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Housing advocates join with Governor Raimondo to push for increased funding and an end to housing discrimination



Dozens of housing advocates and supporters gathered at the Rhode Island State House on Tuesday to call for increased investments and legislative changes that would support housing for more Rhode Islanders.

Speakers at Tuesday’s event advocated for increased state funding for the construction and preservation of affordable housing and rental subsidies for low-income households. In addition to financial investments[note]

Organizations in support of these legislative priorities include:

  • Church Community Housing Corporation
  • Crossroads Rhode Island
  • Direct Action for Rights and Equality (DARE) Tenant and Homeowner Association
  • Dorcas International Institute of RI
  • Foster Forward
  • The Helen Hudson Foundation
  • House of Hope CDC
  • Housing Network of Rhode Island
  • HousingWorks RI
  • Grow Smart RI
  • Neighborhood Health Plan of RI
  • Neighbors Helping Neighbors RI
  • NeighborWorks Blackstone River Valley
  • Omni Development Corporation
  • ONE Neighborhood Builders
  • PCF Development
  • POAH
  • Public Housing Association of Rhode Island (PHARI)
  • Rhode Island Center for Justice
  • Rhode Island Coalition Against Domestic Violence
  • Rhode Island Coalition for the Homeless
  • Rhode Island Community Action Association
  • Rhode Island Homeless Advocacy Project
  • Rhode Island Interfaith Coalition to Reduce Poverty
  • Rhode Island KIDS COUNT
  • Rhode Island State Council of Churches
  • Smith Hill CDC
  • South County Habitat for Humanity
  • SWAP, Inc.
  • United Way of Rhode Island
  • Washington County CDC
  • West Elmwood Housing Development Corporation
  • Women’s Development Corporation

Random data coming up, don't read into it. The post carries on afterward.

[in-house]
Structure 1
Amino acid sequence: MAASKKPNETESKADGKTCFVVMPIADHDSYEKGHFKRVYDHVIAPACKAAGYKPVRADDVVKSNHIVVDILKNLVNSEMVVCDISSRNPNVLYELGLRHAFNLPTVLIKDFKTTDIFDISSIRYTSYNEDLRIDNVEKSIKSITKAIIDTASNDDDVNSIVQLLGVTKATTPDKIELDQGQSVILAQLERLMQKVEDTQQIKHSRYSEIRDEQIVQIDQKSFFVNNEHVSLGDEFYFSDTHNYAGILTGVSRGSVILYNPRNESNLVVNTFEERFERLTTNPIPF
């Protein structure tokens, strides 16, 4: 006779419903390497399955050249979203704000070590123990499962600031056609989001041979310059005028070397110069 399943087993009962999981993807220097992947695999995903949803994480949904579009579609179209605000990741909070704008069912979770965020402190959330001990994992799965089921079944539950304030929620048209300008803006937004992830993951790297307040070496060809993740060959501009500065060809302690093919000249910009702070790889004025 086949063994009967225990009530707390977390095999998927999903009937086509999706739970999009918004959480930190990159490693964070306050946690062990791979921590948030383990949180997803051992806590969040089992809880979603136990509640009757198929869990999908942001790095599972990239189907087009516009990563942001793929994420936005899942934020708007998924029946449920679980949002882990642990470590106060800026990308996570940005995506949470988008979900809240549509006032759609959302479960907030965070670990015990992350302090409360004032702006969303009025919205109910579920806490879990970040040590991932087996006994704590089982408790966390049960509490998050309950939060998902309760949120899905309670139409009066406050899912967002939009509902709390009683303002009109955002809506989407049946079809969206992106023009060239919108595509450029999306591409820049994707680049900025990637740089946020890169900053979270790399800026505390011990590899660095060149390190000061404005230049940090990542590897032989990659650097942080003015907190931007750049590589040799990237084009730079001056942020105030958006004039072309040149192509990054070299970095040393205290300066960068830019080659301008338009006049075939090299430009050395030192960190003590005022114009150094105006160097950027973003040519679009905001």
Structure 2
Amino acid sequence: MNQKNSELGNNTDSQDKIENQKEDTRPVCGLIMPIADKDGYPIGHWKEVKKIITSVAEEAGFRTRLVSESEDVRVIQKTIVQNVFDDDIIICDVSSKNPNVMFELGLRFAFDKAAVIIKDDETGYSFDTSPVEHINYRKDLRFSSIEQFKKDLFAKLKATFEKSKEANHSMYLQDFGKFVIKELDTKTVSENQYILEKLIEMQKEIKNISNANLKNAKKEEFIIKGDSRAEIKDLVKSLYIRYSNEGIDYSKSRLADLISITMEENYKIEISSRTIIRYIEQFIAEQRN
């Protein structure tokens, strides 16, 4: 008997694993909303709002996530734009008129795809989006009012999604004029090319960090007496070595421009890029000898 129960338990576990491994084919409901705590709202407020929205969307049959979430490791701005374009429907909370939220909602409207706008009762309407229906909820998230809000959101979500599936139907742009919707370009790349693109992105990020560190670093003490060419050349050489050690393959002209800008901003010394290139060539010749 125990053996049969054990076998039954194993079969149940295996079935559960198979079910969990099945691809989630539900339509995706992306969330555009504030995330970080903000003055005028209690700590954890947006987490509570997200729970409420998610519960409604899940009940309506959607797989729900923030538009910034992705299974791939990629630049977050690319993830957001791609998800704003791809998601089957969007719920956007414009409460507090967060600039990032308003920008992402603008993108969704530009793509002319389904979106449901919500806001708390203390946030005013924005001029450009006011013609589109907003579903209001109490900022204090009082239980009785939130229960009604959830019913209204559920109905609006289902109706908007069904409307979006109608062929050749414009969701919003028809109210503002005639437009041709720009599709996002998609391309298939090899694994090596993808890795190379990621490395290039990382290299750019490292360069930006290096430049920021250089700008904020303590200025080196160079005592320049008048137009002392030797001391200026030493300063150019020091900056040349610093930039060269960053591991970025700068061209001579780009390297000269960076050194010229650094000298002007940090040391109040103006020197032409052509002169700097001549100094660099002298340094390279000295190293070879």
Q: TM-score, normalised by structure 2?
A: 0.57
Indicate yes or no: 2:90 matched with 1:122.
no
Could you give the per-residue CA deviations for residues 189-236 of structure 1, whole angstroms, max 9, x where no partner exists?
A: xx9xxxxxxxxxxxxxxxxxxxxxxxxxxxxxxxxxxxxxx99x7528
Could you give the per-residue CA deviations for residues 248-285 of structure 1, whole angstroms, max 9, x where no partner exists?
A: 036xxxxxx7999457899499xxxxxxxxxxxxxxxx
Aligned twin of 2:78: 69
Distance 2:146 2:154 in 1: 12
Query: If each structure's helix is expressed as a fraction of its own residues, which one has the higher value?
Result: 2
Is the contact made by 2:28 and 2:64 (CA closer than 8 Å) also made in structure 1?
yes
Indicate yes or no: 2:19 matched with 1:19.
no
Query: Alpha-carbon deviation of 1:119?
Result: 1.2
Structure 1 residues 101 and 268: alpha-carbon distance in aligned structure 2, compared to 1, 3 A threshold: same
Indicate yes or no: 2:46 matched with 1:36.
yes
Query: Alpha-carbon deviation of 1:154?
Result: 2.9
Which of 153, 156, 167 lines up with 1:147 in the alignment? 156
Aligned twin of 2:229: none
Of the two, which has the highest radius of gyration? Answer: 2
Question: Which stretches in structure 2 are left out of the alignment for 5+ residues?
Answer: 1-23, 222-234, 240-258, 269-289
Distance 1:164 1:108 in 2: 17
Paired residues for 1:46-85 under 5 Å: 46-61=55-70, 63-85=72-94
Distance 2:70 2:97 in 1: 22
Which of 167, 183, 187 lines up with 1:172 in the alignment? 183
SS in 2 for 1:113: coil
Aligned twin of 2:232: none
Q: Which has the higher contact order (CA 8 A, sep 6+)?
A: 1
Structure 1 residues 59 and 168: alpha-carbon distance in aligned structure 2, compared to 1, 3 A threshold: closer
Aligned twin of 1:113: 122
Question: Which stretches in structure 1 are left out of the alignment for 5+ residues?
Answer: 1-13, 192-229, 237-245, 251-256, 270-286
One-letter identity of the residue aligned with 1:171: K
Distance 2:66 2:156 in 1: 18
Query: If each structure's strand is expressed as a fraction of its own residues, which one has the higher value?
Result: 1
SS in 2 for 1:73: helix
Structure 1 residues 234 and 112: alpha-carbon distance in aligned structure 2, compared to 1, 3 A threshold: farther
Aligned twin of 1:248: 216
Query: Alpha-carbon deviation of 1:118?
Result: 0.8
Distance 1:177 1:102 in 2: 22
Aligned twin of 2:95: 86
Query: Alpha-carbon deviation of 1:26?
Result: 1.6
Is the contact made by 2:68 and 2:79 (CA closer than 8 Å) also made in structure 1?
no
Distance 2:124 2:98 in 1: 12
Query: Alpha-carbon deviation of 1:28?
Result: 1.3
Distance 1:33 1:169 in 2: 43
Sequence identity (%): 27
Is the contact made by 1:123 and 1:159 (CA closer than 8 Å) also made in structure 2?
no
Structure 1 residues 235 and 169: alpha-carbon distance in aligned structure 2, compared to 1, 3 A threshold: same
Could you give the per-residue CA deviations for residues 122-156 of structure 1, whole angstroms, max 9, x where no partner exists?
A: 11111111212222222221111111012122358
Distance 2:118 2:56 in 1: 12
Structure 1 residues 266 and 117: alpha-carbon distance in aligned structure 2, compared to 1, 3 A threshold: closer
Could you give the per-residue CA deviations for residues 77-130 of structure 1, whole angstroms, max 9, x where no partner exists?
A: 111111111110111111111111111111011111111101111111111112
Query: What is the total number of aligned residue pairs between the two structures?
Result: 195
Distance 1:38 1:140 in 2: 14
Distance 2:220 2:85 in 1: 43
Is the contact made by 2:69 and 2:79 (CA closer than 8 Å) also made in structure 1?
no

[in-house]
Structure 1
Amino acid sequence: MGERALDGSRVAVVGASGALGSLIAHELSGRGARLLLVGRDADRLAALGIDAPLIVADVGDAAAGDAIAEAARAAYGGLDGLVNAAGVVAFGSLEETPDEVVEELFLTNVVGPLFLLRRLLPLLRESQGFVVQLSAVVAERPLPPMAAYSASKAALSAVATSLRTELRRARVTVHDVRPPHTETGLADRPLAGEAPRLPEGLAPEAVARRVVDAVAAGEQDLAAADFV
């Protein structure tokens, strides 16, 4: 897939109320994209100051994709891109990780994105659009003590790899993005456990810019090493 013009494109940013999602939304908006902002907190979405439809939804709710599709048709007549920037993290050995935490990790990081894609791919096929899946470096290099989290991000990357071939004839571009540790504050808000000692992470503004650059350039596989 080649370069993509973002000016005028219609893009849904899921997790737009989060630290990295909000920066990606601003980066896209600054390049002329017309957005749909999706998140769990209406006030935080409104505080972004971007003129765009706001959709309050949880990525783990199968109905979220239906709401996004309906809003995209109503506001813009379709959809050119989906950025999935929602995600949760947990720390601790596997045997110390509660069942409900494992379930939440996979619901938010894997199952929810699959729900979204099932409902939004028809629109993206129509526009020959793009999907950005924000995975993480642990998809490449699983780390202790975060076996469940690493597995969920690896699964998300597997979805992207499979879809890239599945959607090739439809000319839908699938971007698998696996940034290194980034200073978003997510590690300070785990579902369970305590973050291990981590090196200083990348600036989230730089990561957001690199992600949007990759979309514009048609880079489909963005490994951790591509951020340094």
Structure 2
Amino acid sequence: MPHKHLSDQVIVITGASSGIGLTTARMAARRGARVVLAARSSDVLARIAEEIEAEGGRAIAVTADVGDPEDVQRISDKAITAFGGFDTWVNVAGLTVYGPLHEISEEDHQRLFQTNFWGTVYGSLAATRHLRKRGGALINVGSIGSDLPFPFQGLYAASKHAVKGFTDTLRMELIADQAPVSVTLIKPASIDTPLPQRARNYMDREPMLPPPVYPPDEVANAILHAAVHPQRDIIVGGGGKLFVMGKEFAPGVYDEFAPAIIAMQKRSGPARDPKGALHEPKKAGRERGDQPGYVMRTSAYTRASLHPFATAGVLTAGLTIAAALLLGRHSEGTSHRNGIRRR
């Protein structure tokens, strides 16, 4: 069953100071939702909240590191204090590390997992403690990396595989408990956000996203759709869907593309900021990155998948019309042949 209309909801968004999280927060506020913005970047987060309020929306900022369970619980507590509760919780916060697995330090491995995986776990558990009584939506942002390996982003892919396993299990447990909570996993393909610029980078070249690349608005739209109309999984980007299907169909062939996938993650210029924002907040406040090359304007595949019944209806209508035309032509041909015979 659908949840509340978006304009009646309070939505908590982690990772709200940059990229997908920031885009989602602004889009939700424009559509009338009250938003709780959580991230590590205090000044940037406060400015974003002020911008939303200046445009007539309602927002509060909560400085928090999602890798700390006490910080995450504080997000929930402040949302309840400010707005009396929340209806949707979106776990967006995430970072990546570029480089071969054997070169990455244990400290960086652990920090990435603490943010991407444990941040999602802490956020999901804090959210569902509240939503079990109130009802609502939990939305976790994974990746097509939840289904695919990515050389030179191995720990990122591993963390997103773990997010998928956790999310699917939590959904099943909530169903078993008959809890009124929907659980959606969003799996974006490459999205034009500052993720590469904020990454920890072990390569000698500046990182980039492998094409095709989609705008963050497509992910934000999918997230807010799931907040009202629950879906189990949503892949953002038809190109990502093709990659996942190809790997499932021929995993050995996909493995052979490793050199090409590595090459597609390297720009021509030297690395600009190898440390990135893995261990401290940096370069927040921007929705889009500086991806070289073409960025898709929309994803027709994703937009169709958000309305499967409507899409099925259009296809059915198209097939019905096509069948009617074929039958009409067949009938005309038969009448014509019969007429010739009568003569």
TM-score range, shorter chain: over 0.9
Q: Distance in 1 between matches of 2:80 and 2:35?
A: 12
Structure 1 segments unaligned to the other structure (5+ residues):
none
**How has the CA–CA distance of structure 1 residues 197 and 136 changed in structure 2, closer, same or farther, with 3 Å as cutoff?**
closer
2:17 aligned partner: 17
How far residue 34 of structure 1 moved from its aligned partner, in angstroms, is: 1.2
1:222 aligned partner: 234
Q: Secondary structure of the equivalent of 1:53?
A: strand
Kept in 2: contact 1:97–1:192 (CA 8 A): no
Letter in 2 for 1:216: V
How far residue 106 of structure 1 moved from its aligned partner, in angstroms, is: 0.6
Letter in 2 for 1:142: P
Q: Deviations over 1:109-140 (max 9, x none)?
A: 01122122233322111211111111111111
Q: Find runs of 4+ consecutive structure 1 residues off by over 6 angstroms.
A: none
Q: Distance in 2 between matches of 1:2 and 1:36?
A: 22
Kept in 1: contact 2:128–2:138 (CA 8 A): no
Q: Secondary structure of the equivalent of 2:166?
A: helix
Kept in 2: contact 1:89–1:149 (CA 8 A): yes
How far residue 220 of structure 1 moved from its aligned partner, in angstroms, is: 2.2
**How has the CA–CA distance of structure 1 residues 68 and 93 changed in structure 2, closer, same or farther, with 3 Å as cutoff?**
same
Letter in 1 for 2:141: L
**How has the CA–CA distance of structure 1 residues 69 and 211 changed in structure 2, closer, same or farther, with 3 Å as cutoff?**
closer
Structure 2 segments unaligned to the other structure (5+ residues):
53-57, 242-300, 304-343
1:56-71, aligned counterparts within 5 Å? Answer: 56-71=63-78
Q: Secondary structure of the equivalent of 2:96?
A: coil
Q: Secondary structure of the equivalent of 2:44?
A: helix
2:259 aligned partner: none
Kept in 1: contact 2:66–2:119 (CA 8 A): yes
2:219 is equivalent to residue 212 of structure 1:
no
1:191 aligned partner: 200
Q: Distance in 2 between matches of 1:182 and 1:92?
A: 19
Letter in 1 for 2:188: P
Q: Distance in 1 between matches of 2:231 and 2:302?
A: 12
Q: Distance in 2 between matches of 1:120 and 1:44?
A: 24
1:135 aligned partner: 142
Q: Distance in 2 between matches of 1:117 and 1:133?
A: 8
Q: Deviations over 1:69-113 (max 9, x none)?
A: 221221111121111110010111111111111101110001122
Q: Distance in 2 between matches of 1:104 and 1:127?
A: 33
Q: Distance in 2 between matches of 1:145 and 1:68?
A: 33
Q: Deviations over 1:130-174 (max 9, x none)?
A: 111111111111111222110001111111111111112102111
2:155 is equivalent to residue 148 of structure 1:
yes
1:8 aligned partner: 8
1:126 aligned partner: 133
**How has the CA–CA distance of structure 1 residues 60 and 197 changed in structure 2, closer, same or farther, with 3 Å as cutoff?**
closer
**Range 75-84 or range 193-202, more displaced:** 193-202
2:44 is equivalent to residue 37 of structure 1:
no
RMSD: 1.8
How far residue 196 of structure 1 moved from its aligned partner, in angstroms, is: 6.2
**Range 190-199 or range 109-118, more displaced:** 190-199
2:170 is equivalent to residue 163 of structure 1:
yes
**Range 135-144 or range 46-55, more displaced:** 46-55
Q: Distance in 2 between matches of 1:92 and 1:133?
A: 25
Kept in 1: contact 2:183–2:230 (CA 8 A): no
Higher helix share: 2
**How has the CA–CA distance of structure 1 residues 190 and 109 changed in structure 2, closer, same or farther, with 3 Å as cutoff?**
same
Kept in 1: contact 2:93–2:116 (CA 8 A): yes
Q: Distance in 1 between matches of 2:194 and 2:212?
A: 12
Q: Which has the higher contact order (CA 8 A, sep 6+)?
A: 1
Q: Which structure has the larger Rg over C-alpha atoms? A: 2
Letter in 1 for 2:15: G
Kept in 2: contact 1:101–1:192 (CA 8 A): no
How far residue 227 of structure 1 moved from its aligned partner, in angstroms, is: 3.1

[/note], speakers also called for the removal of specific barriers to housing, including: banning discrimination against tenants with lawful sources of income (such as government-sponsored rental subsidies); the sealing of court files in housing cases resolved in the tenant’s favor; and the provision of economic assistance for those with one-time or short-term economic barriers to housing.

Tuesday’s announcement event was part of the Homes RI campaign – a collaborative statewide campaign created by local nonprofits, housing organizations, and community stakeholders to shine a spotlight on the need for Rhode Island to better support community development and affordable homes.

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“The path to economic opportunity, good health, and educational success begins at your front door,” said Brenda Clement, director of HousingWorks RI at Roger Williams University. “Every Rhode Islander needs a safe and affordable home.”

“Every Rhode Islander deserves access to decent housing,” said Rhode Island Governor Gina Raimondo. “This year, we need to work to end housing discrimination in Rhode Island and pass source of income legislation.”

“We believe that everyone deserves a safe, healthy and affordable place to call home,” said Cortney Nicolato, President and CEO of United Way of Rhode Island. “We also know that in Rhode Island it’s becoming more difficult for our friends and family to do so. Data from Housing Works RI tells us 40 percent of Rhode Islanders are cost burdened when meeting their housing costs. At 2-1-1 we saw more than 121,000 calls this past year relating to needs of subsidized, transitional or permanent housing.”

Elizabeth lives in Newport and receives a Section 8 housing voucher from the federal government. There is legislation to prevent landlords from discriminating based on source of incomes, that is, tenants who receive Section 8 vouchers.

Jennifer Wood from the Rhode Island Center for Justice and Malchus Mills from Direct Action for Rights and Equality (DARE) spoke about a bill H5075 that would prevent landlords from discriminating against tenants who have previously exercised their rights against other landlords and won those complaints in court. The bill would require “the sealing of any district court file, where a resolution of a trespass and eviction complaint results in a verdict for the tenant and no appeal is taken.”

See: Video from 2019’s first House Committee on Judiciary

“Community Development Corporations that provide affordable housing don’t just give people a cheap place to live,” said Paul Lowe, a resident of Burrillville. “They help families build their dreams.”

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Steve Ahlquist is a frontline reporter in Rhode Island. He has covered human rights, social justice, progressive politics and environmental news for nearly a decade.

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